Instructor: Roberto Gabriele
Class hours: 48 (8 ECTS)
Upon successful completion of this course, students: (i) will know the role of market structure for competition and the dynamics through which firms enter and exit the market; (ii) will know the main theories on firm growth and its determinants and will be able to calculate and discuss firm growth through the analysis of balance sheet data; (iii) will put firm dynamics and firm productivity into perspective within the process of (macro-)economic growth; (iv) will know the main elements of the debate on the micro- and macro-economic effects of Information and Communication Technologies (ICTs); (iv) will know the "Industry Life Cycle" framework; (vi) will interpret the results of the relevant empirical studies in Industrial Dynamics, by applying the concepts described in the previous points.
Good knowledge of the principles of Microeconomics and Industrial Organization definitely constitutes an advantage.
A. From market structure to industrial dynamics.
B. The post-entry performance of firms: a focus on firm growth.
C. Firm dynamics, firm productivity, aggregate productivity and economic growth.
D. ICTs: micro- and macro-economic effects.
E. The dynamics of industry structure: the Industry Life Cycle framework.
The course calls for 48 hours and two weekly lectures (2 hours each).
Lectures are of two types: (i) traditional lectures where the teacher presents a Topic in its main theoretical and empirical features; (ii) practical classes in which students’ involvement is more relevant and it is “moderated” via individual presentations (20-25 minutes) on reports written by international institutions (such as the European Commission, OECD, World Bank,...) or by solving numerical exercises that are related to the theoretical concepts.
These reports are very much connected with the Topics introduced in class by the lecturer and students will benefit from preparing an individual presentation on one of those in order to appreciate the relevance of the main topics of this course for interpreting real world's industrial dynamics.
Each student will present the main content of one report/working paper during the course.
Evaluation of learning
- 50% of the final mark will be assigned by: (a) (25%) in-class individual presentations --as described above-- which will take place during practical classes; (b) (25%) an individual written essay (short paper) in which each student will be asked, as an home assignment, to use firm-level data (provided by the lecturer) in order to get some econometric results and use them to answer to several questions;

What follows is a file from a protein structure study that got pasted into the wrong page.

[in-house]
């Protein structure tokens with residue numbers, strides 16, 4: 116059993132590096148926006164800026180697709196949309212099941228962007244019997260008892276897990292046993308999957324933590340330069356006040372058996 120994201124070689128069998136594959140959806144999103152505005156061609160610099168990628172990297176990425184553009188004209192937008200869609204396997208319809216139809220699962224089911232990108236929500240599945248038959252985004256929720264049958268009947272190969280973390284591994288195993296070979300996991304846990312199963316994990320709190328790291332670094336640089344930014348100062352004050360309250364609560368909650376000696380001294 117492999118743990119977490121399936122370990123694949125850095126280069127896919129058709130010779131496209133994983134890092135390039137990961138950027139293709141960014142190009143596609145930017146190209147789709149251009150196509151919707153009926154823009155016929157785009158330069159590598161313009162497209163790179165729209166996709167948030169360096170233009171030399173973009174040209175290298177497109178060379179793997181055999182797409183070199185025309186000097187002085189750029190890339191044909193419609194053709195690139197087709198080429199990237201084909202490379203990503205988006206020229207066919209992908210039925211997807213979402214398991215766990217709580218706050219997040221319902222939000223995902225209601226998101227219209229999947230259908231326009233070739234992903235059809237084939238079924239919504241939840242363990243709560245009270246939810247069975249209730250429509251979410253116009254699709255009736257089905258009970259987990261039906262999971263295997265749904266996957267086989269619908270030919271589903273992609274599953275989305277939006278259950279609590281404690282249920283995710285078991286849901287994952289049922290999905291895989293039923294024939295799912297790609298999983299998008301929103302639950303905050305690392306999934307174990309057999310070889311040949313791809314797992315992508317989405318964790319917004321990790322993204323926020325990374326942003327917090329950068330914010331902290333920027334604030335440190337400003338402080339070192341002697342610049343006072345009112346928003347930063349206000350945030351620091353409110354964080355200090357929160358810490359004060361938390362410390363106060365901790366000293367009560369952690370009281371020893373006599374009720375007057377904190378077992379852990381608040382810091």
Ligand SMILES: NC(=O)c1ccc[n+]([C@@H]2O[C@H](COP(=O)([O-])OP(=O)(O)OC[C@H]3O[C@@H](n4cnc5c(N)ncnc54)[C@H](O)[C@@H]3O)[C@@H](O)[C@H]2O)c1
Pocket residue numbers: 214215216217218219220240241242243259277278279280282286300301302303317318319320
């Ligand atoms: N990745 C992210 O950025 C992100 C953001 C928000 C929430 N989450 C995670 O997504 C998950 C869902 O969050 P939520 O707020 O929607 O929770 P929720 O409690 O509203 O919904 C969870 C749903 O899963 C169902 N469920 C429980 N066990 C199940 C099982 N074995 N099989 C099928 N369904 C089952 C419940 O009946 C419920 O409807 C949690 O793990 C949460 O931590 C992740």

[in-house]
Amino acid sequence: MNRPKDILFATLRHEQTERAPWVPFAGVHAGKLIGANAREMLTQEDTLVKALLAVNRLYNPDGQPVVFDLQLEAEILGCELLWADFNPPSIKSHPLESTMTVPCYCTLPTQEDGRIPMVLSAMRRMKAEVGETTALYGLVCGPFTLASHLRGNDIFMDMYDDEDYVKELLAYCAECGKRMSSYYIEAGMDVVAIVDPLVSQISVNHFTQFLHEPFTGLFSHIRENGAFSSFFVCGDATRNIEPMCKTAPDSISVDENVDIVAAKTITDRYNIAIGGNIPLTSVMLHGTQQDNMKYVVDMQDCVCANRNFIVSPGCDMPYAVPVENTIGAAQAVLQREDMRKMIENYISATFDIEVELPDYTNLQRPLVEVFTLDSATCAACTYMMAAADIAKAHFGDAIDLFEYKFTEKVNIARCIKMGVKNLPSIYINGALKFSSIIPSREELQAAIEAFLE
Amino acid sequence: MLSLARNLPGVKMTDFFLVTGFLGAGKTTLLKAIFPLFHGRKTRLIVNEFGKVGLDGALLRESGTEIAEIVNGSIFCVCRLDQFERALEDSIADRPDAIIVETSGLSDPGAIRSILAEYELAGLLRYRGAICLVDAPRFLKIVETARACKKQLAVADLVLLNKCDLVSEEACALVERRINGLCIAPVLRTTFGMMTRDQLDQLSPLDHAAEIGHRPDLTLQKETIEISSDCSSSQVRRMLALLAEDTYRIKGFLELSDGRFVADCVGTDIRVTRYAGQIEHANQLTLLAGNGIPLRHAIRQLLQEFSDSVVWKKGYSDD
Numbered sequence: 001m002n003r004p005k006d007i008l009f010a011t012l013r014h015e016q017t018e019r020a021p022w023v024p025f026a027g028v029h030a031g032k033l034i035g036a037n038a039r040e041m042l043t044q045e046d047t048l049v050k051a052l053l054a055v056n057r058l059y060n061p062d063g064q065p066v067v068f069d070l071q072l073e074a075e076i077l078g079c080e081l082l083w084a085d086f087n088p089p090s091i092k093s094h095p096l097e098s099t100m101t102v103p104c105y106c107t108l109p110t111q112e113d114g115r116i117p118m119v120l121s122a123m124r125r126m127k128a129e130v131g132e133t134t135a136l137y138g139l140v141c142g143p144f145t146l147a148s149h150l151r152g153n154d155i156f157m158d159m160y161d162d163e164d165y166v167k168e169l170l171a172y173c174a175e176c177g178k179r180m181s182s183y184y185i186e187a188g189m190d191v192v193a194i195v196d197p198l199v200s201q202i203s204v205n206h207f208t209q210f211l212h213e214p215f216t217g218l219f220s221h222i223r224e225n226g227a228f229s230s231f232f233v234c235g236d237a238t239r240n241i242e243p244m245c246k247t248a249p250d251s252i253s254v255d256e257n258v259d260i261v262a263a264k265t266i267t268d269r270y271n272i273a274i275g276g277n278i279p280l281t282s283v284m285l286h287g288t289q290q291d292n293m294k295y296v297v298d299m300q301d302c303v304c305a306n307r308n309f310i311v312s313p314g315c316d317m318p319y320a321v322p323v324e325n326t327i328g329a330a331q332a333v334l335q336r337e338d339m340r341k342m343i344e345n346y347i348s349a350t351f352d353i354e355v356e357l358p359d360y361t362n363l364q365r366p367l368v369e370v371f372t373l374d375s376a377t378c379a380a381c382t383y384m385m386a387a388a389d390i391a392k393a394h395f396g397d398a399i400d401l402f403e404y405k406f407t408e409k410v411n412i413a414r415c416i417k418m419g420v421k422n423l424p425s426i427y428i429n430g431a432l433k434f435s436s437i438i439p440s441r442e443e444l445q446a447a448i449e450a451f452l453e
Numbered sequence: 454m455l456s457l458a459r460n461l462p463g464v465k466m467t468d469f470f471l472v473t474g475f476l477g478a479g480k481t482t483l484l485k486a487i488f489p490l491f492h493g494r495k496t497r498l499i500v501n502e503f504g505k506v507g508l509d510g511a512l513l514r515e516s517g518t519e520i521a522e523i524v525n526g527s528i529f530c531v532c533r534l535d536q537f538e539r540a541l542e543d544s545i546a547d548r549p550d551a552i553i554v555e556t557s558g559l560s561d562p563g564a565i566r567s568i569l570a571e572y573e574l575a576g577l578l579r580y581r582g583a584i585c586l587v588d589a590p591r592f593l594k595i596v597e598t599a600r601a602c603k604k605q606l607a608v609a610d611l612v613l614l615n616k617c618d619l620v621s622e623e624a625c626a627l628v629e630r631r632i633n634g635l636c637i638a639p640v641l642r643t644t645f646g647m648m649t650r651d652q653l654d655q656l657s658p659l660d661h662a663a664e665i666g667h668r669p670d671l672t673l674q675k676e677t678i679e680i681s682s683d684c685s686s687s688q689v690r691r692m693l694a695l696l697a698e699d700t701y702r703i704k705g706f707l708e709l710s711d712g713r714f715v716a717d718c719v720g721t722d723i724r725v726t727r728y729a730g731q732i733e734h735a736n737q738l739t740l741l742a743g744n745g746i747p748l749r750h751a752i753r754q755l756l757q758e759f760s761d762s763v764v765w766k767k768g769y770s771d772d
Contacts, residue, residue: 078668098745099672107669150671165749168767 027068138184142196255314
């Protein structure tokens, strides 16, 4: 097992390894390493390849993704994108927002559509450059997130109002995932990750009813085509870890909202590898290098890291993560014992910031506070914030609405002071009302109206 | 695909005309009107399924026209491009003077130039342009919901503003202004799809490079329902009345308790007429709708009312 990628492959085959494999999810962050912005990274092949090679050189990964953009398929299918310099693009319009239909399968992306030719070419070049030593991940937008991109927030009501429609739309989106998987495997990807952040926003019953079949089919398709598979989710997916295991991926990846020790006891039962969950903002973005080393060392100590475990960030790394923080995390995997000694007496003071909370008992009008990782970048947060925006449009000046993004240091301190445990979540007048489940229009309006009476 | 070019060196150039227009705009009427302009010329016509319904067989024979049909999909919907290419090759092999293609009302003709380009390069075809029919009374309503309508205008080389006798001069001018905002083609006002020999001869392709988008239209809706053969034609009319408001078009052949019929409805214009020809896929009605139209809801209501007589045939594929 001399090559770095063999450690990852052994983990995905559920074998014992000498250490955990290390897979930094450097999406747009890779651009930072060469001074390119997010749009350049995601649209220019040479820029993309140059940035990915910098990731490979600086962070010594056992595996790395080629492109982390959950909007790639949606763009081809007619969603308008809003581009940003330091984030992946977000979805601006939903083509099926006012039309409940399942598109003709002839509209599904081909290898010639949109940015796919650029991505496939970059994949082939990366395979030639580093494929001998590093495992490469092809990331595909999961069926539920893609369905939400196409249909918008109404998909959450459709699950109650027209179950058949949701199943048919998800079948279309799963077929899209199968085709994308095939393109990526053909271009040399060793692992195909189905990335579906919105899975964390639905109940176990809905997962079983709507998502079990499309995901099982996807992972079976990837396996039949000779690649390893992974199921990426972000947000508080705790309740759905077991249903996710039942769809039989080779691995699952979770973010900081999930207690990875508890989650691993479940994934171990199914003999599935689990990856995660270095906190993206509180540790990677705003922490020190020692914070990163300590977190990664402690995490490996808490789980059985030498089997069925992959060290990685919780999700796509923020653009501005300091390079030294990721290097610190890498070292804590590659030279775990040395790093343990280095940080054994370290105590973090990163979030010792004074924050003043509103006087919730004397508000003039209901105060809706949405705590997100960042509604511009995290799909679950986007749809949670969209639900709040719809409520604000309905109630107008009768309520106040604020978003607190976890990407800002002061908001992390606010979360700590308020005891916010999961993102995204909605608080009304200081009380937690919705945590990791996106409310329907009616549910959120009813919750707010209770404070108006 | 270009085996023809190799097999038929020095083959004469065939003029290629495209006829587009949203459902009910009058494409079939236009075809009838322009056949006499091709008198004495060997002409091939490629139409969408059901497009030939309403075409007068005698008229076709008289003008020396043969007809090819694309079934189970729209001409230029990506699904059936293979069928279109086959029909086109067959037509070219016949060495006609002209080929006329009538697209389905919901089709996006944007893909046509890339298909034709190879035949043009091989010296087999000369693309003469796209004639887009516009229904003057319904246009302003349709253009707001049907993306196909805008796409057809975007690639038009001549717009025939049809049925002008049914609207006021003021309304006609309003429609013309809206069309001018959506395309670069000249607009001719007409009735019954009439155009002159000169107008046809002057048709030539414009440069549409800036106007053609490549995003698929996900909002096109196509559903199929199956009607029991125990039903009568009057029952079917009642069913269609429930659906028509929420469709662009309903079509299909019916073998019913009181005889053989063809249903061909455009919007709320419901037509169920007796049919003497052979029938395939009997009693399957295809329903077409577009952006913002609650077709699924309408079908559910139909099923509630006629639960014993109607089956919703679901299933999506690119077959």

- the other 50% will be based on a written final made up of maximum of 5 open-ended questions. Questions will be on: (i) enunciating and describing the theoretical and empirical frameworks analyzed in class; (ii) making comments on the results presented in relevant empirical works through the lens of the concepts dealt with in class; (iii) solving some numerical exercises similar to those solved during the practical sessions.
Students have to get at least a sufficient grade (18/30) at the written final to pass the exam.
For the duration of the health emergency, the written examination will be carried out in digital form, with online automatic video surveillance (proctoring).
Reading list established by the lecturer. Some fundamental readings are the following ones:
• * Cabral L. (2000), Introduction to Industrial Organization, “Perfect (and Almost Perfect) Competition”; “Entry Costs, Market Structure and Welfare”, chaps. 6 and 14, pp. 85-97; 241-258.
• * Malerba F. and Orsenigo L. (1996), “The Dynamics and Evolution of Industries”, Industrial and Corporate Change, 5 (1), pp. 51-87.
* Coad, A. (2007), “Firm Growth: A survey”, Papers on Economics and Evolution, 0703, Max Planck Institute of Economics, Jena
• * Geroski, P. (1999), “The growth of firms in theory and practice”, CEPR Discussion Paper n. 2092.
• * Klepper, S. (1997), “Industry Life Cycles”, Industrial and Corporate Change, 6, pp. 145-181.